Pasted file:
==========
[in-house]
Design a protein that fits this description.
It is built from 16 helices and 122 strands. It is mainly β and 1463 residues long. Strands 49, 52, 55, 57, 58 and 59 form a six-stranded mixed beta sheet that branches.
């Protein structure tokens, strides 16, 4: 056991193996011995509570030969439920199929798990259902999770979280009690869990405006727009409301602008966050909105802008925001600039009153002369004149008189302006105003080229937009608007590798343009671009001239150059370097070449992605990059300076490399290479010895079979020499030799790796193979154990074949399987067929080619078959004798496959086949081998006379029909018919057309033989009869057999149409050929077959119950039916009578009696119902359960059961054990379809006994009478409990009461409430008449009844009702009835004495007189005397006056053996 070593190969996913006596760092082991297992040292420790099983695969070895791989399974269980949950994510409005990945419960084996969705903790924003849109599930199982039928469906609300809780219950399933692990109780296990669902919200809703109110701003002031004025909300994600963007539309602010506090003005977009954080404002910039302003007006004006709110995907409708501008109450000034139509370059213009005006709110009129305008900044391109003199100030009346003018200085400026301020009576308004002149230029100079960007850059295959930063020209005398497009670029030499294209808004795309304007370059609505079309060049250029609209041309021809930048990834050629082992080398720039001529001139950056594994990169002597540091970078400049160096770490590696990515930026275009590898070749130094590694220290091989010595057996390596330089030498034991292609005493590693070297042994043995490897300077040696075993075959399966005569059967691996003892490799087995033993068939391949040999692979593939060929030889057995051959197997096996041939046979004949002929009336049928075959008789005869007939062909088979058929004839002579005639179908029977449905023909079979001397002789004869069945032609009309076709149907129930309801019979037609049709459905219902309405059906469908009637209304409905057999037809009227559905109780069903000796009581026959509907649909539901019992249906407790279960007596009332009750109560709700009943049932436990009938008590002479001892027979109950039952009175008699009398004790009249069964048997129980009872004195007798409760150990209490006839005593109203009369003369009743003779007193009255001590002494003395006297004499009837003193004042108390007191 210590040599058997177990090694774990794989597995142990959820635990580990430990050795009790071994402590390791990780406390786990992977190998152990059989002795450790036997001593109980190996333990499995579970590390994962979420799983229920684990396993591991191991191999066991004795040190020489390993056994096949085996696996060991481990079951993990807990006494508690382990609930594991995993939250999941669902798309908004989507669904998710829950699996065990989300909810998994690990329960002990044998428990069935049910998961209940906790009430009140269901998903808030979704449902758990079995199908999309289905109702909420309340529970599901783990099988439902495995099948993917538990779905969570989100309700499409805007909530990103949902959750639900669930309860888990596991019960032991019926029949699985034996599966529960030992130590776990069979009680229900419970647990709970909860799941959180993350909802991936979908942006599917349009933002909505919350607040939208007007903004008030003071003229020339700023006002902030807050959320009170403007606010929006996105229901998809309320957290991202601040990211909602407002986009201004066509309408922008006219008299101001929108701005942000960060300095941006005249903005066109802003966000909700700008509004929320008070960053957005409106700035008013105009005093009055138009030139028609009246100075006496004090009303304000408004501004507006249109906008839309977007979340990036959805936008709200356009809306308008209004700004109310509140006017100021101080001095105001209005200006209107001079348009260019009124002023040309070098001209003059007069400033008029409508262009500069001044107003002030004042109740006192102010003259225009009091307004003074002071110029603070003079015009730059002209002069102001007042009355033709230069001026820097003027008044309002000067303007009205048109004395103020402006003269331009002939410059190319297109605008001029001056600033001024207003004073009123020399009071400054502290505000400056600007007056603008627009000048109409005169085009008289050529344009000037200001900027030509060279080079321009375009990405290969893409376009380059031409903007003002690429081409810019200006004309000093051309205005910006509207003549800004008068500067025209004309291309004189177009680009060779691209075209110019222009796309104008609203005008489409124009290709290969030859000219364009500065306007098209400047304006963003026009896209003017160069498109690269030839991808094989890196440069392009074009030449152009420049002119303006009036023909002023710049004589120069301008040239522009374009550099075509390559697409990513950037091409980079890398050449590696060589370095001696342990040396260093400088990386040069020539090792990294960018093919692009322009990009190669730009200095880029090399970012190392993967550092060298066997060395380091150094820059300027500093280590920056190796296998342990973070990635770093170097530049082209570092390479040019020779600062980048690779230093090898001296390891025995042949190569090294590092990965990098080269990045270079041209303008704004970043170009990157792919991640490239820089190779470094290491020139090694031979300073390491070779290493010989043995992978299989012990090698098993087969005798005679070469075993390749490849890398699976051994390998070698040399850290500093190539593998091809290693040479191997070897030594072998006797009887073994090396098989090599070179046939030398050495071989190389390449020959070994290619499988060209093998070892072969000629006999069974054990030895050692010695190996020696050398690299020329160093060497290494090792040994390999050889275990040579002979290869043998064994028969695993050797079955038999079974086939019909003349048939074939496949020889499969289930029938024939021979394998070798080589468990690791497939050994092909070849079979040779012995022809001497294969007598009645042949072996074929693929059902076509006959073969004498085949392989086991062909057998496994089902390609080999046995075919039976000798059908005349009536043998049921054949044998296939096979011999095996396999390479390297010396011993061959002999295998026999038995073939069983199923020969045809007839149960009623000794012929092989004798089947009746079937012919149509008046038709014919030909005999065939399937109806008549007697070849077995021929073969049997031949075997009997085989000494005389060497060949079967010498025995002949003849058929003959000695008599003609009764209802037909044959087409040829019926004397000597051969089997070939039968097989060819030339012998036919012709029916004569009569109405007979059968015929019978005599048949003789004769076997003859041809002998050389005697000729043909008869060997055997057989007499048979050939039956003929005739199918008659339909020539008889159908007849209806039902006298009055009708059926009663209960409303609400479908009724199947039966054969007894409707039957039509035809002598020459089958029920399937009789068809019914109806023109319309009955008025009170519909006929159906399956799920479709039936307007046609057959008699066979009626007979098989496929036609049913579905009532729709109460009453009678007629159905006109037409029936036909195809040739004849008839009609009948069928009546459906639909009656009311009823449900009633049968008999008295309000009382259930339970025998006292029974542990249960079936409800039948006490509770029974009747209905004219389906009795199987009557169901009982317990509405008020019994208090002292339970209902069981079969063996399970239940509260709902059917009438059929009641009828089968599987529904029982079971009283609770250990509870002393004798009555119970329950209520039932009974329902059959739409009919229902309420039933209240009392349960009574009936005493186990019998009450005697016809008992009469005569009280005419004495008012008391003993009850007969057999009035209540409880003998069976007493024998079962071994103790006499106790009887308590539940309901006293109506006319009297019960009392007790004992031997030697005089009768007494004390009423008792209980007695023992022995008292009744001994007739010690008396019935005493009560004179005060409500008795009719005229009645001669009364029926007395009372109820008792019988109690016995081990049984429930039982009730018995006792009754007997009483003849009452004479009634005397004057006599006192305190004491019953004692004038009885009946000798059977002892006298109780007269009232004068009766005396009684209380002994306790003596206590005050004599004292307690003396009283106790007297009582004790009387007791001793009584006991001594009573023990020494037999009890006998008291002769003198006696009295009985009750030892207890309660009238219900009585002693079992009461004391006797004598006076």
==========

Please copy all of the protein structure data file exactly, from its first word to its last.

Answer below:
[in-house]
Design a protein that fits this description.
It is built from 16 helices and 122 strands. It is mainly β and 1463 residues long. Strands 49, 52, 55, 57, 58 and 59 form a six-stranded mixed beta sheet that branches.
């Protein structure tokens, strides 16, 4: 056991193996011995509570030969439920199929798990259902999770979280009690869990405006727009409301602008966050909105802008925001600039009153002369004149008189302006105003080229937009608007590798343009671009001239150059370097070449992605990059300076490399290479010895079979020499030799790796193979154990074949399987067929080619078959004798496959086949081998006379029909018919057309033989009869057999149409050929077959119950039916009578009696119902359960059961054990379809006994009478409990009461409430008449009844009702009835004495007189005397006056053996 070593190969996913006596760092082991297992040292420790099983695969070895791989399974269980949950994510409005990945419960084996969705903790924003849109599930199982039928469906609300809780219950399933692990109780296990669902919200809703109110701003002031004025909300994600963007539309602010506090003005977009954080404002910039302003007006004006709110995907409708501008109450000034139509370059213009005006709110009129305008900044391109003199100030009346003018200085400026301020009576308004002149230029100079960007850059295959930063020209005398497009670029030499294209808004795309304007370059609505079309060049250029609209041309021809930048990834050629082992080398720039001529001139950056594994990169002597540091970078400049160096770490590696990515930026275009590898070749130094590694220290091989010595057996390596330089030498034991292609005493590693070297042994043995490897300077040696075993075959399966005569059967691996003892490799087995033993068939391949040999692979593939060929030889057995051959197997096996041939046979004949002929009336049928075959008789005869007939062909088979058929004839002579005639179908029977449905023909079979001397002789004869069945032609009309076709149907129930309801019979037609049709459905219902309405059906469908009637209304409905057999037809009227559905109780069903000796009581026959509907649909539901019992249906407790279960007596009332009750109560709700009943049932436990009938008590002479001892027979109950039952009175008699009398004790009249069964048997129980009872004195007798409760150990209490006839005593109203009369003369009743003779007193009255001590002494003395006297004499009837003193004042108390007191 210590040599058997177990090694774990794989597995142990959820635990580990430990050795009790071994402590390791990780406390786990992977190998152990059989002795450790036997001593109980190996333990499995579970590390994962979420799983229920684990396993591991191991191999066991004795040190020489390993056994096949085996696996060991481990079951993990807990006494508690382990609930594991995993939250999941669902798309908004989507669904998710829950699996065990989300909810998994690990329960002990044998428990069935049910998961209940906790009430009140269901998903808030979704449902758990079995199908999309289905109702909420309340529970599901783990099988439902495995099948993917538990779905969570989100309700499409805007909530990103949902959750639900669930309860888990596991019960032991019926029949699985034996599966529960030992130590776990069979009680229900419970647990709970909860799941959180993350909802991936979908942006599917349009933002909505919350607040939208007007903004008030003071003229020339700023006002902030807050959320009170403007606010929006996105229901998809309320957290991202601040990211909602407002986009201004066509309408922008006219008299101001929108701005942000960060300095941006005249903005066109802003966000909700700008509004929320008070960053957005409106700035008013105009005093009055138009030139028609009246100075006496004090009303304000408004501004507006249109906008839309977007979340990036959805936008709200356009809306308008209004700004109310509140006017100021101080001095105001209005200006209107001079348009260019009124002023040309070098001209003059007069400033008029409508262009500069001044107003002030004042109740006192102010003259225009009091307004003074002071110029603070003079015009730059002209002069102001007042009355033709230069001026820097003027008044309002000067303007009205048109004395103020402006003269331009002939410059190319297109605008001029001056600033001024207003004073009123020399009071400054502290505000400056600007007056603008627009000048109409005169085009008289050529344009000037200001900027030509060279080079321009375009990405290969893409376009380059031409903007003002690429081409810019200006004309000093051309205005910006509207003549800004008068500067025209004309291309004189177009680009060779691209075209110019222009796309104008609203005008489409124009290709290969030859000219364009500065306007098209400047304006963003026009896209003017160069498109690269030839991808094989890196440069392009074009030449152009420049002119303006009036023909002023710049004589120069301008040239522009374009550099075509390559697409990513950037091409980079890398050449590696060589370095001696342990040396260093400088990386040069020539090792990294960018093919692009322009990009190669730009200095880029090399970012190392993967550092060298066997060395380091150094820059300027500093280590920056190796296998342990973070990635770093170097530049082209570092390479040019020779600062980048690779230093090898001296390891025995042949190569090294590092990965990098080269990045270079041209303008704004970043170009990157792919991640490239820089190779470094290491020139090694031979300073390491070779290493010989043995992978299989012990090698098993087969005798005679070469075993390749490849890398699976051994390998070698040399850290500093190539593998091809290693040479191997070897030594072998006797009887073994090396098989090599070179046939030398050495071989190389390449020959070994290619499988060209093998070892072969000629006999069974054990030895050692010695190996020696050398690299020329160093060497290494090792040994390999050889275990040579002979290869043998064994028969695993050797079955038999079974086939019909003349048939074939496949020889499969289930029938024939021979394998070798080589468990690791497939050994092909070849079979040779012995022809001497294969007598009645042949072996074929693929059902076509006959073969004498085949392989086991062909057998496994089902390609080999046995075919039976000798059908005349009536043998049921054949044998296939096979011999095996396999390479390297010396011993061959002999295998026999038995073939069983199923020969045809007839149960009623000794012929092989004798089947009746079937012919149509008046038709014919030909005999065939399937109806008549007697070849077995021929073969049997031949075997009997085989000494005389060497060949079967010498025995002949003849058929003959000695008599003609009764209802037909044959087409040829019926004397000597051969089997070939039968097989060819030339012998036919012709029916004569009569109405007979059968015929019978005599048949003789004769076997003859041809002998050389005697000729043909008869060997055997057989007499048979050939039956003929005739199918008659339909020539008889159908007849209806039902006298009055009708059926009663209960409303609400479908009724199947039966054969007894409707039957039509035809002598020459089958029920399937009789068809019914109806023109319309009955008025009170519909006929159906399956799920479709039936307007046609057959008699066979009626007979098989496929036609049913579905009532729709109460009453009678007629159905006109037409029936036909195809040739004849008839009609009948069928009546459906639909009656009311009823449900009633049968008999008295309000009382259930339970025998006292029974542990249960079936409800039948006490509770029974009747209905004219389906009795199987009557169901009982317990509405008020019994208090002292339970209902069981079969063996399970239940509260709902059917009438059929009641009828089968599987529904029982079971009283609770250990509870002393004798009555119970329950209520039932009974329902059959739409009919229902309420039933209240009392349960009574009936005493186990019998009450005697016809008992009469005569009280005419004495008012008391003993009850007969057999009035209540409880003998069976007493024998079962071994103790006499106790009887308590539940309901006293109506006319009297019960009392007790004992031997030697005089009768007494004390009423008792209980007695023992022995008292009744001994007739010690008396019935005493009560004179005060409500008795009719005229009645001669009364029926007395009372109820008792019988109690016995081990049984429930039982009730018995006792009754007997009483003849009452004479009634005397004057006599006192305190004491019953004692004038009885009946000798059977002892006298109780007269009232004068009766005396009684209380002994306790003596206590005050004599004292307690003396009283106790007297009582004790009387007791001793009584006991001594009573023990020494037999009890006998008291002769003198006696009295009985009750030892207890309660009238219900009585002693079992009461004391006797004598006076």